Sandra Gerth - author of the Writers' Guide Series

Avoid filter words in your writing

View things through a filter

If you’re anything like I am, you probably read a lot of books or blog posts about writing. One thing I rarely see mentioned anywhere are so-called filters, so I thought I’d blog about it today.

Filters have to do with point of view.

What is point of view?

Basically, point of view is the “camera angle” from which we see the action when we read a book. Most romance novels are written in third-person limited POV—we witness everything through the eyes of one single character per scene. It’s called “limited” because we are limited to the mind of one character at a time. We only see, hear, feel, and know what this viewpoint character sees, hears, feels, or knows. You can’t write about things that your character doesn’t know.

You can have more than one POV character in your novel, even if you write in a third-person limited POV. Personally, I think third-person limited with multiple viewpoint characters works best for romances, since it allows you to dip into the heads of both main characters, one at a time.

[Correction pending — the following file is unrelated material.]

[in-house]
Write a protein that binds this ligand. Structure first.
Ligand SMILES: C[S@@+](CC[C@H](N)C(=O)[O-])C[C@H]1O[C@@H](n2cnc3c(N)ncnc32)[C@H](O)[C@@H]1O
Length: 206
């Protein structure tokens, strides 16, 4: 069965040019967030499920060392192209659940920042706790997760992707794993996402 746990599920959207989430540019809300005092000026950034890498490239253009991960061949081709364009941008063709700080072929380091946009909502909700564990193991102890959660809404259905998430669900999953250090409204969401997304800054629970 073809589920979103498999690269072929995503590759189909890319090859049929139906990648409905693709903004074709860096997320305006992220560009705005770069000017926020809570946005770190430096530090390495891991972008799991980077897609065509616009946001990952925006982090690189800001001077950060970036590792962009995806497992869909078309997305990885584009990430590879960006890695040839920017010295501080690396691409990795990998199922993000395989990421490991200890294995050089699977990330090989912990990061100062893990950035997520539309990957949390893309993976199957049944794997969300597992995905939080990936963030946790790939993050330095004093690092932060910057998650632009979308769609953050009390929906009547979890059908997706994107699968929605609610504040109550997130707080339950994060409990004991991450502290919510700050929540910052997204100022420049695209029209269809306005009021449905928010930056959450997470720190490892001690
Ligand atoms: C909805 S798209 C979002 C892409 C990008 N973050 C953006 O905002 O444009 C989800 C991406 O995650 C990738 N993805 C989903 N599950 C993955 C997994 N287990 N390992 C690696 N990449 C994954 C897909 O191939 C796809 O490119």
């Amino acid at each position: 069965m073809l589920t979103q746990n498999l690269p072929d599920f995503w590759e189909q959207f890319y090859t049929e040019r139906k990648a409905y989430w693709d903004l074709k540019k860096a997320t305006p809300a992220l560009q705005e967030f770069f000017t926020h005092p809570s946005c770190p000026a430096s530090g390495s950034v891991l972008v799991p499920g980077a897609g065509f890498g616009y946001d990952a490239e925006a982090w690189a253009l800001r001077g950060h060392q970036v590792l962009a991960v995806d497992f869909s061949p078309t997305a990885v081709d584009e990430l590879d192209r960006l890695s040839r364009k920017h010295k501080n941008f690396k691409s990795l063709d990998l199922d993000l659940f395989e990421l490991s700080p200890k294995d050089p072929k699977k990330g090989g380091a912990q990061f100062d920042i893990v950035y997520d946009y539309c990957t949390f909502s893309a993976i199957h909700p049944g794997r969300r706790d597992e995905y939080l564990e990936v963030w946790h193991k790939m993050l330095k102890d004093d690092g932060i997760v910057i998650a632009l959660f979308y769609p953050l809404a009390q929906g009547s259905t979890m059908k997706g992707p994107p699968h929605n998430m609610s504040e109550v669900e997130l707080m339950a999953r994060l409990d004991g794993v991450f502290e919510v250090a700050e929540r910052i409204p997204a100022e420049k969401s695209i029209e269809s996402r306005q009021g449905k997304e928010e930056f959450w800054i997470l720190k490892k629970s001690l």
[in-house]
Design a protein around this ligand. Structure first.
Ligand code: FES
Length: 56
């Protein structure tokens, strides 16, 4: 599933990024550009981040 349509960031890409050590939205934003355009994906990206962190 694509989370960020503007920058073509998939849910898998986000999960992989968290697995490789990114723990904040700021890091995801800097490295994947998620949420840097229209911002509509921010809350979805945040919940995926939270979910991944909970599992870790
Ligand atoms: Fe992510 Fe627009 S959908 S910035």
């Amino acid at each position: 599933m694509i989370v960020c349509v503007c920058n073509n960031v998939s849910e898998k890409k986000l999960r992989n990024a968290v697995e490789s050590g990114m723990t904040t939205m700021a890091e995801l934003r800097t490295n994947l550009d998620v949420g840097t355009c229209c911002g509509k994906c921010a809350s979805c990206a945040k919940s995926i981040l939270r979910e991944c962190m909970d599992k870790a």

It’s best to switch POV only at chapter or scene breaks to avoid confusing readers, though. Switching POV in mid-scene is called “head hopping” if you’re writing from a third-person limited POV.

To complicate things even more, third-person POV comes in varying degrees of intimacy—also called narrative distance. Do your readers witness what the characters see, hear, and feel from the outside, or do they inhabit your characters’ minds and experience everything for themselves?

What are filters?

Filters are words that describe the POV character perceiving something or thinking something.

Keep an eye out for verbs such as:

  • Saw
  • Heard
  • Smelled
  • Felt
  • Watched
  • Observed
  • Noticed
  • Realized
  • Knew
  • Wondered

Or, even worse, a variation of these words such as “she could hear,” etc.

Why should you avoid filter words?